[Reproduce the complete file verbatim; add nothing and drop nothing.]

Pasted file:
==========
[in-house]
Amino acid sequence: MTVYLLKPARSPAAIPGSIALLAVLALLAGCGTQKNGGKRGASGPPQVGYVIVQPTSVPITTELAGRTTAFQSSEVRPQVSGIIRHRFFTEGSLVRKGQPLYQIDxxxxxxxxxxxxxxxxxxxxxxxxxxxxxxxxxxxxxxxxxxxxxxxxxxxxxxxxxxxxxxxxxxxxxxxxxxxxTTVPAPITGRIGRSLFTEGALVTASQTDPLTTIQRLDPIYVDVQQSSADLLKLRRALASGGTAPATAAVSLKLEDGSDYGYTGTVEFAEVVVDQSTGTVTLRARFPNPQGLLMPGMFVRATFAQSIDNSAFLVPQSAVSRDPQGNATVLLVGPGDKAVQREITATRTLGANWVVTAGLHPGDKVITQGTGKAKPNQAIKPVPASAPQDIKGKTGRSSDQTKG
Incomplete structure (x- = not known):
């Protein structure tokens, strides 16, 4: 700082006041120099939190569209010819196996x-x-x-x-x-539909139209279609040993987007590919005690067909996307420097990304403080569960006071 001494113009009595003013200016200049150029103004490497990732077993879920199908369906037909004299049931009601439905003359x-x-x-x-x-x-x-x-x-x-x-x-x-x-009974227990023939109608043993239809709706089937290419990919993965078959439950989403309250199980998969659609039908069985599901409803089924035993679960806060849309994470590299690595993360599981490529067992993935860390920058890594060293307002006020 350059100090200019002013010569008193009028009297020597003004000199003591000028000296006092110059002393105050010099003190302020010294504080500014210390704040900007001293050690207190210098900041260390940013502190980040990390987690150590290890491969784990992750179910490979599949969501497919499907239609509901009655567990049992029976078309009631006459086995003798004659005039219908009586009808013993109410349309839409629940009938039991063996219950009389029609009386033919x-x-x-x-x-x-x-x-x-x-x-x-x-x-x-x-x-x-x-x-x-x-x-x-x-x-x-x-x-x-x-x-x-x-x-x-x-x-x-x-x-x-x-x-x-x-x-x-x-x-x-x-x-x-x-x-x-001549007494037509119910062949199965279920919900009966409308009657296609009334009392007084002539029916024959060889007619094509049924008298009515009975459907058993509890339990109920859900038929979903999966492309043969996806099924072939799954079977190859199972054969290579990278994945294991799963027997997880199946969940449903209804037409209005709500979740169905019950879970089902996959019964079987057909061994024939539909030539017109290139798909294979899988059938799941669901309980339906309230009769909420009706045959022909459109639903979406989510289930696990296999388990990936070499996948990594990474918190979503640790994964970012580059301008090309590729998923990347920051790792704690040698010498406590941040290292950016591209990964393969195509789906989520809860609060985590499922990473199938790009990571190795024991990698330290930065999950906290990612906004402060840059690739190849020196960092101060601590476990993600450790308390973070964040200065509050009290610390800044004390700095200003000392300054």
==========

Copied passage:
[in-house]
Amino acid sequence: MTVYLLKPARSPAAIPGSIALLAVLALLAGCGTQKNGGKRGASGPPQVGYVIVQPTSVPITTELAGRTTAFQSSEVRPQVSGIIRHRFFTEGSLVRKGQPLYQIDxxxxxxxxxxxxxxxxxxxxxxxxxxxxxxxxxxxxxxxxxxxxxxxxxxxxxxxxxxxxxxxxxxxxxxxxxxxxTTVPAPITGRIGRSLFTEGALVTASQTDPLTTIQRLDPIYVDVQQSSADLLKLRRALASGGTAPATAAVSLKLEDGSDYGYTGTVEFAEVVVDQSTGTVTLRARFPNPQGLLMPGMFVRATFAQSIDNSAFLVPQSAVSRDPQGNATVLLVGPGDKAVQREITATRTLGANWVVTAGLHPGDKVITQGTGKAKPNQAIKPVPASAPQDIKGKTGRSSDQTKG
Incomplete structure (x- = not known):
């Protein structure tokens, strides 16, 4: 700082006041120099939190569209010819196996x-x-x-x-x-539909139209279609040993987007590919005690067909996307420097990304403080569960006071 001494113009009595003013200016200049150029103004490497990732077993879920199908369906037909004299049931009601439905003359x-x-x-x-x-x-x-x-x-x-x-x-x-x-009974227990023939109608043993239809709706089937290419990919993965078959439950989403309250199980998969659609039908069985599901409803089924035993679960806060849309994470590299690595993360599981490529067992993935860390920058890594060293307002006020 350059100090200019002013010569008193009028009297020597003004000199003591000028000296006092110059002393105050010099003190302020010294504080500014210390704040900007001293050690207190210098900041260390940013502190980040990390987690150590290890491969784990992750179910490979599949969501497919499907239609509901009655567990049992029976078309009631006459086995003798004659005039219908009586009808013993109410349309839409629940009938039991063996219950009389029609009386033919x-x-x-x-x-x-x-x-x-x-x-x-x-x-x-x-x-x-x-x-x-x-x-x-x-x-x-x-x-x-x-x-x-x-x-x-x-x-x-x-x-x-x-x-x-x-x-x-x-x-x-x-x-x-x-x-x-001549007494037509119910062949199965279920919900009966409308009657296609009334009392007084002539029916024959060889007619094509049924008298009515009975459907058993509890339990109920859900038929979903999966492309043969996806099924072939799954079977190859199972054969290579990278994945294991799963027997997880199946969940449903209804037409209005709500979740169905019950879970089902996959019964079987057909061994024939539909030539017109290139798909294979899988059938799941669901309980339906309230009769909420009706045959022909459109639903979406989510289930696990296999388990990936070499996948990594990474918190979503640790994964970012580059301008090309590729998923990347920051790792704690040698010498406590941040290292950016591209990964393969195509789906989520809860609060985590499922990473199938790009990571190795024991990698330290930065999950906290990612906004402060840059690739190849020196960092101060601590476990993600450790308390973070964040200065509050009290610390800044004390700095200003000392300054």